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Sam Whipple spent four years at IUPUI laying the groundwork for a career in health care: among his options were medical school or exploring fields in biomedical engineering.

But a five-week trip to Moi University in Kenya between his junior and senior years opened up a world of new possibilities for the Evansville native. The “Understanding Kenya Through Partnership and Service” trip, supervised by IUPUI's Office of International Affairs (OIA) and funded by the U.S. Department of Education's Fulbright-Hays Group Projects Abroad program, “changed my whole way of looking at the world!” according to Whipple.

Sam Whipple

The 2010 biomedical engineering graduate from the Purdue School of Engineering and Technology at IUPUI still plans to start law school at IU-Bloomington this fall, with an eye toward a career as a patent attorney for a company manufacturing medical devices. “I love the idea of helping biomedical engineers turn their ideas into products and devices that help people stay active and involved,” Whipple says. “I can't imagine anything more rewarding.”

But in the back of his mind, Whipple's African experiences — both in the classroom and in volunteering at a Kenyan orphanage — have him pondering what a career in international law and human rights might be like. “That trip opened my eyes so much,” he says. “It's hard to put those experiences into words. It's something you have to see for yourself, first-hand. People in Eldoret work so hard just to survive.”

Impressed with volunteer work

Dawn Whitehead, OIA's director of international curriculum, led Whipple's group to Eldoret and was impressed with Whipple's volunteer work at the orphanage. “I'm not sure Sam knew what to expect from working with kids,” she laughs. “But he was willing to do whatever it took, and I think he was amazed at how resilient the kids could be, how happy and animated. There was one little boy named Bernard that I think he and our other (IUPUI) students wanted to bring back with them, they enjoyed him so much!”

In a way, Whipple and the other two IUPUI students were test subects for OIA, which hopes to facilitate a permanent undergraduate study-abroad opportunity there by working with faculty across the campus. It would use the IU School of Medicine's longstanding partnership with Moi as a base. That program could become a permanent part of the IUPUI Honors College program. Going abroad “is a tremendous opportunity for students,” says Whipple, who also studied in Spain earlier in his IUPUI career. “Both of those programs helped me grow immensely as a person. You begin to see how to fit into the world around you in ways we don't always see back home.”

In fact, Whipple considers the variety of experiences available at IUPUI — international experiences, hands-on learning, research opportunities and service at places like the orphanage at which he worked — a powerful resource for students. He isn't surprised the university turned them into the RISE program.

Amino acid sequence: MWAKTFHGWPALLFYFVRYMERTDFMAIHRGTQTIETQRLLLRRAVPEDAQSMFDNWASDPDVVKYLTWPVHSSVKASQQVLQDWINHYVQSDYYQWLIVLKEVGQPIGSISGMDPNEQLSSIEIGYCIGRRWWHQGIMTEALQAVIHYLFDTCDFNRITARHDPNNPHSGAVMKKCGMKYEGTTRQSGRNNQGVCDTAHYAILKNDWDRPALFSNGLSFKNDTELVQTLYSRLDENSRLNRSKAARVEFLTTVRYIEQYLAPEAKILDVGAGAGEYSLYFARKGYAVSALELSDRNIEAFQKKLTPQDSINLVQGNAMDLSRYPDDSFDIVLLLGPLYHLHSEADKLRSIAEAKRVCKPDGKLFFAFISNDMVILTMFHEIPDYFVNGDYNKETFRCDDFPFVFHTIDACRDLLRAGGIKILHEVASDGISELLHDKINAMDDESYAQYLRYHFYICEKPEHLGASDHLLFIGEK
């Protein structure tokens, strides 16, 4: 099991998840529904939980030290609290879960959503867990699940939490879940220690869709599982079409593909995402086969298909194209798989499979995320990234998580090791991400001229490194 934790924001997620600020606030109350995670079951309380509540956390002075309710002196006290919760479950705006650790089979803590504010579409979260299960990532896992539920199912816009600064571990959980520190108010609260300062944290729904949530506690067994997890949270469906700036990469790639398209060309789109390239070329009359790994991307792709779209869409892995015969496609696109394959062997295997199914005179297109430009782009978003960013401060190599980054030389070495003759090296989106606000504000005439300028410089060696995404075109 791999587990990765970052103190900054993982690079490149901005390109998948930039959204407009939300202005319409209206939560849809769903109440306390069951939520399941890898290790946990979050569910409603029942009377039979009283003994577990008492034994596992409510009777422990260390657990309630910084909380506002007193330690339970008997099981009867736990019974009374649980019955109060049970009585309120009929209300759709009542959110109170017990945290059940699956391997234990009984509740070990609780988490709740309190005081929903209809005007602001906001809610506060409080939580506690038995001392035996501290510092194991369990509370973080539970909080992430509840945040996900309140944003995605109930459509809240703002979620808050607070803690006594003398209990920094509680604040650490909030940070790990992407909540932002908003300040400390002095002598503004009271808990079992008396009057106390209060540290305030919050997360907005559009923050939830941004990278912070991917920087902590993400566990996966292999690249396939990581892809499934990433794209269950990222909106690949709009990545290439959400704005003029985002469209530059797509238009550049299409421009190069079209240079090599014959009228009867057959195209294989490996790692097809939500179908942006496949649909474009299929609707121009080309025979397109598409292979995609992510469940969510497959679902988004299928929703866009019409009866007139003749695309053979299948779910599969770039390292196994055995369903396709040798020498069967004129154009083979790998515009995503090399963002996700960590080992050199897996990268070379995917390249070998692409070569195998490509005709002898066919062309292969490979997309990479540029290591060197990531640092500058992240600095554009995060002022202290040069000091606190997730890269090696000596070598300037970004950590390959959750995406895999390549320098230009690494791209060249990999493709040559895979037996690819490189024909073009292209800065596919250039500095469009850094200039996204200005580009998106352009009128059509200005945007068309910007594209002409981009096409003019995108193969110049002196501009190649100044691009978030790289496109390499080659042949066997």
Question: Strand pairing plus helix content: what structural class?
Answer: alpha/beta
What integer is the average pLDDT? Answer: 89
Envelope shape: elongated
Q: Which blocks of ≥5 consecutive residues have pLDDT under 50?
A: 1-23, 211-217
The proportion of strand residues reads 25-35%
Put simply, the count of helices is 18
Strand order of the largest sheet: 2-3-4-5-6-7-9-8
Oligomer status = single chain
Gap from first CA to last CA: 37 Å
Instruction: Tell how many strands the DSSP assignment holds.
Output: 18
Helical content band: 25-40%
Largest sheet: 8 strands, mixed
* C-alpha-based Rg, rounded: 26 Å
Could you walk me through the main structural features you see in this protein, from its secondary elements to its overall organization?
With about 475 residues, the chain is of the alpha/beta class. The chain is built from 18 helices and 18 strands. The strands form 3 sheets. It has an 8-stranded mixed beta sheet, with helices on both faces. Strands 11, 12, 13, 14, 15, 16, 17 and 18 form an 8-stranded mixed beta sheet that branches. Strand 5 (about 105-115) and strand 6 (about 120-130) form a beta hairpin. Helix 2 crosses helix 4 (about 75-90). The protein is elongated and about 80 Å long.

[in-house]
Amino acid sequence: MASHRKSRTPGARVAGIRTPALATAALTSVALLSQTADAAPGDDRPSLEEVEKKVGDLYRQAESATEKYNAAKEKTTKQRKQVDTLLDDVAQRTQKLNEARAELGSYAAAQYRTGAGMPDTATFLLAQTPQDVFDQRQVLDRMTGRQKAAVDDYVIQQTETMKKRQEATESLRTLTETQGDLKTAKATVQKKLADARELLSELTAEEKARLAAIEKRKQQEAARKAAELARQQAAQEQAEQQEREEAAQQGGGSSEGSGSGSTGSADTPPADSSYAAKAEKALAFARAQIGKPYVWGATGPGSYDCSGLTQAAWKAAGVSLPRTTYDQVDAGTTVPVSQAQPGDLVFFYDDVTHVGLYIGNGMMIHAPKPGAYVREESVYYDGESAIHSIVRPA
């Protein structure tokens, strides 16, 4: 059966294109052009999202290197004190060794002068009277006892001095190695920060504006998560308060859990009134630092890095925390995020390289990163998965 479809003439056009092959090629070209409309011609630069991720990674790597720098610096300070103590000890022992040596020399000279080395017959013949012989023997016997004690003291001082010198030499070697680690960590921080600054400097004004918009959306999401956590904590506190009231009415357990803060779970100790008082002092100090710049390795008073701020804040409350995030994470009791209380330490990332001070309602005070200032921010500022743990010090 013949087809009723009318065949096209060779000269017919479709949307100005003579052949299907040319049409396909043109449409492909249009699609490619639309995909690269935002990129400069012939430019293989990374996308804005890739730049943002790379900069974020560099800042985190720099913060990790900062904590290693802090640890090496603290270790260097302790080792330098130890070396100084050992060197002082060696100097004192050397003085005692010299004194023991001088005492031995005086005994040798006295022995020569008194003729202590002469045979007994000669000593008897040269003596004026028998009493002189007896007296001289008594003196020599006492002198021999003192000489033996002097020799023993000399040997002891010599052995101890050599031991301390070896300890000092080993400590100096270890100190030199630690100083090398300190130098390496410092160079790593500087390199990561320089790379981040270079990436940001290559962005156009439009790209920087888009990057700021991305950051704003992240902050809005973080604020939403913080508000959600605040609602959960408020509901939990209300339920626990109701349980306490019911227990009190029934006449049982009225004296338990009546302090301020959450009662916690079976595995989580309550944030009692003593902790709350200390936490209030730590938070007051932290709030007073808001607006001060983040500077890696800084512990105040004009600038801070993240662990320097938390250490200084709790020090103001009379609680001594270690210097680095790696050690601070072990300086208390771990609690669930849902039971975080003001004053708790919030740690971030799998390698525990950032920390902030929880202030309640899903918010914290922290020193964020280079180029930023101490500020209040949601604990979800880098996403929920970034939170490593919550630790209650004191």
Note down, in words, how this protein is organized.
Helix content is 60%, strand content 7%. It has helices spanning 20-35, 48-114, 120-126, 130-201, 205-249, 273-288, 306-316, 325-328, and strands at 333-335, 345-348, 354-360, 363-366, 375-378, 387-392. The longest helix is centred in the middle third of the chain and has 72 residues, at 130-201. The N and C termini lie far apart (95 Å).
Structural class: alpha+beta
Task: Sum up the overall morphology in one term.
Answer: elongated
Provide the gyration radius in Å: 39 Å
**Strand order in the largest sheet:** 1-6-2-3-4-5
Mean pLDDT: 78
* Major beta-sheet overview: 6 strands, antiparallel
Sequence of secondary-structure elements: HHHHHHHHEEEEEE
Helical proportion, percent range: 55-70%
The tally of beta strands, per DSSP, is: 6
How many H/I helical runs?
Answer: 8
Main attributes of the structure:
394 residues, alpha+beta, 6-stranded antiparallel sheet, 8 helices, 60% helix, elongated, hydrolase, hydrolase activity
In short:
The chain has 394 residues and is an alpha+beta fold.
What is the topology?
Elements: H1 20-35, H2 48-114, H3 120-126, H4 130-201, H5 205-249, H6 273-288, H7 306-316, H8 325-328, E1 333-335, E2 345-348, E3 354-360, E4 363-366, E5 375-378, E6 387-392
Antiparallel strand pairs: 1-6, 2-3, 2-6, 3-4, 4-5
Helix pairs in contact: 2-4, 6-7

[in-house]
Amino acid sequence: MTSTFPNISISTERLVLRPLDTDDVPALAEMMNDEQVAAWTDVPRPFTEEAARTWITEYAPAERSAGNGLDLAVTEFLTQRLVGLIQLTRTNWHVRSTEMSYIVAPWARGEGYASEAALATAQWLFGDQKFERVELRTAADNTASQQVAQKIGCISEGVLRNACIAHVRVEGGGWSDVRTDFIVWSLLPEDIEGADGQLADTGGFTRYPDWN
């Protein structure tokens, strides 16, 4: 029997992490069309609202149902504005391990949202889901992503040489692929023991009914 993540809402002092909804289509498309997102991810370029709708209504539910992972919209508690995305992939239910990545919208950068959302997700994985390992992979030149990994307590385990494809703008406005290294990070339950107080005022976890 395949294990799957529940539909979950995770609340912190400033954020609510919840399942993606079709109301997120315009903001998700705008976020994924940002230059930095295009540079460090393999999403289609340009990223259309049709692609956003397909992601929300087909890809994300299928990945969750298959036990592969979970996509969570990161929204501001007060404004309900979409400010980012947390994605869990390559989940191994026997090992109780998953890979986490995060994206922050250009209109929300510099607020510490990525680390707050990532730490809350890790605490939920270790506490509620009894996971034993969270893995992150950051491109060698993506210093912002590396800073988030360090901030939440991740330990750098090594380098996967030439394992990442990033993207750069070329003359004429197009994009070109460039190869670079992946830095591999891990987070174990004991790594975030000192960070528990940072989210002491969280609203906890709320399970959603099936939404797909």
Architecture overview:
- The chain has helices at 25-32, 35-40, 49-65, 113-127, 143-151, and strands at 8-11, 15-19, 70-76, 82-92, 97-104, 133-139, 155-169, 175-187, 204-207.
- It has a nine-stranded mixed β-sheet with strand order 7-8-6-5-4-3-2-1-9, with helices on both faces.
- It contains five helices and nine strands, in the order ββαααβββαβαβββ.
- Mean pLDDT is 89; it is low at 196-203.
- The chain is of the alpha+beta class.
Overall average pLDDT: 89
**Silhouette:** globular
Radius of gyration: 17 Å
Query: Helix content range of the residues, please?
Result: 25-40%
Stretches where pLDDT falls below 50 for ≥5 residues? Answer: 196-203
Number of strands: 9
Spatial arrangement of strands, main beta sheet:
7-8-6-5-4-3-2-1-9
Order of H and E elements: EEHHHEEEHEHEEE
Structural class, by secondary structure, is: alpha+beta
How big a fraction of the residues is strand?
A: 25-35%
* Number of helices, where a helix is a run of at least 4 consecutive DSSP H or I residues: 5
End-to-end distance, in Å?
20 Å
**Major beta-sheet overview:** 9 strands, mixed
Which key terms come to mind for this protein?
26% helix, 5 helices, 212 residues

One of the key study-abroad benefits are the relationships you build, says the Gerald L. Bepko Scholar. “There is one student I e-mail all the time, and a bunch of us get together for dinner from time to time to catch up and stay in touch,” he adds. He finds himself scanning the news for information about life in Kenya. And the trip changed him personally. “I haven't always been the most gregarious guy,” Whipple chuckles. “But these trips — and talking to others about what I saw and felt and did — have forced me to open up. There is just so much to share!”

Numerous lures to IUPUI

Whipple came to IUPUI to tackle the highly popular but challenging biomedical engineering (BME) program so that “if med school didn't pan out, I'd have something in the health-care field to tackle,” he says. The Bepko Scholarship program was another lure, as were the BME faculty who “are great about challenging you and keeping you on track.”

The biomedical engineering program was an exciting puzzle for him. “I had no idea what to expect, really. I just knew it was something I wanted to try,” he says. His older brother studied engineering at Purdue in West Lafayette, so Whipple knew “it would require a lot of hard work. It teaches you to know yourself, to set your own rules and guidelines and to know your limitations,” he adds.

IUPUI lived up to his expectations. “It's such a huge advantage to have a great medical school on the same campus,” Whipple says. “There are so many research opportunities for students, which let you test yourself in the lab. Plus, you get a chance to meet people excited by their own work and willing to spend time with you to see if their way is a path you'd like.”

As he learned more and more about the importance of patents to many biomedical enterprises, Whipple found himself intrigued. “To be a patent attorney, you have to finish law school and have a degree in engineering or biology or chemistry — one of the sciences,” Whipple says, adding with a laugh that “I'm a little behind the curve, but I'll catch up.” In fact, Whipple already took the LSAT (Law School Admission Test), though he admitted “it took a bit of cramming.”

Of one thing, Whipple is certain: wherever he goes and whatever he does, he vows to appreciate the experiences and opportunities that come his way. “That's a lesson I learned from the Kenyan people I spent time with,” he says. “They have so little, but still love life. You can't help but be impressed.”

Photo Gallery

Photos from Sam's trip to Kenya Launch Gallery